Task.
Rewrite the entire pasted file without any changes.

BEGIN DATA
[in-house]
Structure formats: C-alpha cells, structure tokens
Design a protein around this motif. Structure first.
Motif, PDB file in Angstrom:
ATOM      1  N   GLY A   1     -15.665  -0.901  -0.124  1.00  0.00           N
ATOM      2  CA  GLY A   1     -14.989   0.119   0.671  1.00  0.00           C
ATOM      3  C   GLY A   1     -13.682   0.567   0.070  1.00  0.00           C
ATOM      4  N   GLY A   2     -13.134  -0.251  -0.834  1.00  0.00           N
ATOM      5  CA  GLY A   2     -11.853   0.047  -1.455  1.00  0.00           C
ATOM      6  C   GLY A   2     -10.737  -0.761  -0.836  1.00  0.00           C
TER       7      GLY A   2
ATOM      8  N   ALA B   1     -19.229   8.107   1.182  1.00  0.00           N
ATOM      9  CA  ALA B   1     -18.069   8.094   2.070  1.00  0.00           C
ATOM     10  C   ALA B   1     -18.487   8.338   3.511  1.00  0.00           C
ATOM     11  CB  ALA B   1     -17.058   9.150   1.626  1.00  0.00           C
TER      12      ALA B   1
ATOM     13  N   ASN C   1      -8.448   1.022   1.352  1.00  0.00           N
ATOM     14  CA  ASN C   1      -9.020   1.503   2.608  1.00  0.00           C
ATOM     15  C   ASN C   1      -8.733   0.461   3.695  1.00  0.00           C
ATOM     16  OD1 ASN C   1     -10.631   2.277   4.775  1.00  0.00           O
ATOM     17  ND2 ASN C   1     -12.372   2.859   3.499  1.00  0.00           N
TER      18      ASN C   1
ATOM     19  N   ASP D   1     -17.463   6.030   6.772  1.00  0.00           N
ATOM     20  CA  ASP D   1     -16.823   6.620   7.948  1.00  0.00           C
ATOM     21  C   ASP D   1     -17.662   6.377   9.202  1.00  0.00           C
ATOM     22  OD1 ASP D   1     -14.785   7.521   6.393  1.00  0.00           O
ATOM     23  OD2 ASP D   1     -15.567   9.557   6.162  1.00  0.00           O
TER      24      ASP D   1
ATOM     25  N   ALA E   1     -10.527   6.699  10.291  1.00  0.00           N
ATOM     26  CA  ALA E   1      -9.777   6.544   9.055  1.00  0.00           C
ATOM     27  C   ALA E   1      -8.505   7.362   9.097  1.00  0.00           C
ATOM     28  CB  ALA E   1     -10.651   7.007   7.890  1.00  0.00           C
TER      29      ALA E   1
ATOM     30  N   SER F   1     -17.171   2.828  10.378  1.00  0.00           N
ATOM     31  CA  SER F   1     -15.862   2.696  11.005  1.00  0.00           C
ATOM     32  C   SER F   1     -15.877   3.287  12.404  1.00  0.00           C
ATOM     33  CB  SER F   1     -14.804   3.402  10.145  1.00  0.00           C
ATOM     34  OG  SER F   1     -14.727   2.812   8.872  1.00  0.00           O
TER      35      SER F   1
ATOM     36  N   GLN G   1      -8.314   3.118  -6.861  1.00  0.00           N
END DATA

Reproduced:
[in-house]
Structure formats: C-alpha cells, structure tokens
Design a protein around this motif. Structure first.
Motif, PDB file in Angstrom:
ATOM      1  N   GLY A   1     -15.665  -0.901  -0.124  1.00  0.00           N
ATOM      2  CA  GLY A   1     -14.989   0.119   0.671  1.00  0.00           C
ATOM      3  C   GLY A   1     -13.682   0.567   0.070  1.00  0.00           C
ATOM      4  N   GLY A   2     -13.134  -0.251  -0.834  1.00  0.00           N
ATOM      5  CA  GLY A   2     -11.853   0.047  -1.455  1.00  0.00           C
ATOM      6  C   GLY A   2     -10.737  -0.761  -0.836  1.00  0.00           C
TER       7      GLY A   2
ATOM      8  N   ALA B   1     -19.229   8.107   1.182  1.00  0.00           N
ATOM      9  CA  ALA B   1     -18.069   8.094   2.070  1.00  0.00           C
ATOM     10  C   ALA B   1     -18.487   8.338   3.511  1.00  0.00           C
ATOM     11  CB  ALA B   1     -17.058   9.150   1.626  1.00  0.00           C
TER      12      ALA B   1
ATOM     13  N   ASN C   1      -8.448   1.022   1.352  1.00  0.00           N
ATOM     14  CA  ASN C   1      -9.020   1.503   2.608  1.00  0.00           C
ATOM     15  C   ASN C   1      -8.733   0.461   3.695  1.00  0.00           C
ATOM     16  OD1 ASN C   1     -10.631   2.277   4.775  1.00  0.00           O
ATOM     17  ND2 ASN C   1     -12.372   2.859   3.499  1.00  0.00           N
TER      18      ASN C   1
ATOM     19  N   ASP D   1     -17.463   6.030   6.772  1.00  0.00           N
ATOM     20  CA  ASP D   1     -16.823   6.620   7.948  1.00  0.00           C
ATOM     21  C   ASP D   1     -17.662   6.377   9.202  1.00  0.00           C
ATOM     22  OD1 ASP D   1     -14.785   7.521   6.393  1.00  0.00           O
ATOM     23  OD2 ASP D   1     -15.567   9.557   6.162  1.00  0.00           O
TER      24      ASP D   1
ATOM     25  N   ALA E   1     -10.527   6.699  10.291  1.00  0.00           N
ATOM     26  CA  ALA E   1      -9.777   6.544   9.055  1.00  0.00           C
ATOM     27  C   ALA E   1      -8.505   7.362   9.097  1.00  0.00           C
ATOM     28  CB  ALA E   1     -10.651   7.007   7.890  1.00  0.00           C
TER      29      ALA E   1
ATOM     30  N   SER F   1     -17.171   2.828  10.378  1.00  0.00           N
ATOM     31  CA  SER F   1     -15.862   2.696  11.005  1.00  0.00           C
ATOM     32  C   SER F   1     -15.877   3.287  12.404  1.00  0.00           C
ATOM     33  CB  SER F   1     -14.804   3.402  10.145  1.00  0.00           C
ATOM     34  OG  SER F   1     -14.727   2.812   8.872  1.00  0.00           O
TER      35      SER F   1
ATOM     36  N   GLN G   1      -8.314   3.118  -6.861  1.00  0.00           N